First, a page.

Local entrepreneurs fire back at FTC report

Statements in multi-level marketing study upset some business men and women

By Nikki Kimbleton - The Morning Show anchor
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JACKSONVILLE, Fla. - There's been backlash against the federal trade commission after they issued results from a study of multi-level marketing companies.

Last week, the FTC said that 99 percent of people lose money with MLM's. They stated, "these companies make even gambling look like a safe bet in comparison."

With the economic downturn, a lot of people who rely on these companies to put food on the table are sounding off to Channel 4.

When we aired the story from the FTC last week, we heard from all kinds of people selling items like Visalus, Mary Kay and several different jewelry companies.

Like all of the company representatives in MLM's, they had to put down some money to start selling, but they disagree with the FTC's findings.

Stylist Beth Sullivan appears on "The Morning Show" often, but her side business as a Lia Sophia jewelry consultant has her fired up over the FTC's comments.

Sullivan said, "I'm going to strongly disagree because if you're in something that you love, you're going to naturally sell the product. That's what it's been like for me."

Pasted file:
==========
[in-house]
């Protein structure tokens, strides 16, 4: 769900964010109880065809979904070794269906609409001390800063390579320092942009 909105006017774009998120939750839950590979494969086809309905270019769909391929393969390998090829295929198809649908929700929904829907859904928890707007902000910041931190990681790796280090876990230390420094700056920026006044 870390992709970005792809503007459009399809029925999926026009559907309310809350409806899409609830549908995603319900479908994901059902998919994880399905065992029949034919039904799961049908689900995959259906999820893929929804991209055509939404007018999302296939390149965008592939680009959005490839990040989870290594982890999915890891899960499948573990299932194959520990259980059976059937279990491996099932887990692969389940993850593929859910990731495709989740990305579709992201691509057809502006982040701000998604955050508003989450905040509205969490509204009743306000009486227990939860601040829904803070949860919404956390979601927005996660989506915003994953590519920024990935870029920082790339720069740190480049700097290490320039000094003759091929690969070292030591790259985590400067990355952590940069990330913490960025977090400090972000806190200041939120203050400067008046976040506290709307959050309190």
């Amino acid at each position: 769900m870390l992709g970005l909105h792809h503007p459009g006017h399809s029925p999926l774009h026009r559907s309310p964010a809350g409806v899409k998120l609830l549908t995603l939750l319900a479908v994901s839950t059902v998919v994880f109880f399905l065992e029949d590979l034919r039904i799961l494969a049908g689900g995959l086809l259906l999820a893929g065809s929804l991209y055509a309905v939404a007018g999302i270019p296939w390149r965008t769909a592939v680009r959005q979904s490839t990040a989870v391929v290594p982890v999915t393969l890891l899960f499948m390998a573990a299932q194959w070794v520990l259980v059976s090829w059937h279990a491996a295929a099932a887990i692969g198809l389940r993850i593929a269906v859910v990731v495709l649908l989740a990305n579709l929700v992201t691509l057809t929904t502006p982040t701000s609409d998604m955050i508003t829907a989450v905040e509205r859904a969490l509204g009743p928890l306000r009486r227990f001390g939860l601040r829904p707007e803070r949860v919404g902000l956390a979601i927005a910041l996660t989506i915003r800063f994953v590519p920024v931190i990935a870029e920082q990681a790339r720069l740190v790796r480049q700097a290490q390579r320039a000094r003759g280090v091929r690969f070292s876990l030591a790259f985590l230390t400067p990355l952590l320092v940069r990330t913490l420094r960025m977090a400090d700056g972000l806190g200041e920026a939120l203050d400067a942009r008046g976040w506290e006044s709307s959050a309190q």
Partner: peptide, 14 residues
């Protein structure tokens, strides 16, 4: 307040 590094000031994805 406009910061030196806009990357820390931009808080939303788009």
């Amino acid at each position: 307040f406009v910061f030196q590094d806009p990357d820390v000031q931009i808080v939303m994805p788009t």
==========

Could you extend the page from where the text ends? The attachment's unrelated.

And Lia Sophia is just one of many MLM's Sullivan has worked for.

"I've done Mary Kay, Doncaster, Protandim and now Lia Sophia," she said.

Mike Craig is also surprised by the FTC's comments. He and his wife have been involved in multi level marketing companies as long as they can remember.

"We've been in and around it for almost 20 years," Craig said.

The couple found huge success when they helped bring Visalus to Jacksonville several years ago and they're also sounding off about the FTC calling the MLM industry "flawed, unfair, and deceptive" as well as "extremely viral, predatory and harmful."

"My comment would be there's a serious lack of understanding from that level of what a good sale business is all about," Craig said.

While Sullivan and the Craig's have found success, not all of the stories involving MLM's have a happy ending. That's what fueled the FTC's investigation. Still, those who tell us it pays their bills claim anyone can have success. The key is putting in the effort and treating it like a real job.

"It's not a get rich quick situation," Craig said. "And anyone touting that are just flat out wrong."

Sullivan added, "you absolutely get out of it what you put into it and it's like a job. It's still a 40 hour work week. If you put in 40 hours doing that job, you're going to make money and you're going to make really good money."

The Federal Trade Commission claims that 99 percent of the people who pay to get involved in a multi level marketing company lose money. They also said most of the participants are female.

We left several messages over the last few days with the FTC to comment, but our calls were not returned.

Read the full Multi-Level Marketing report from the Federal Trade Commission.

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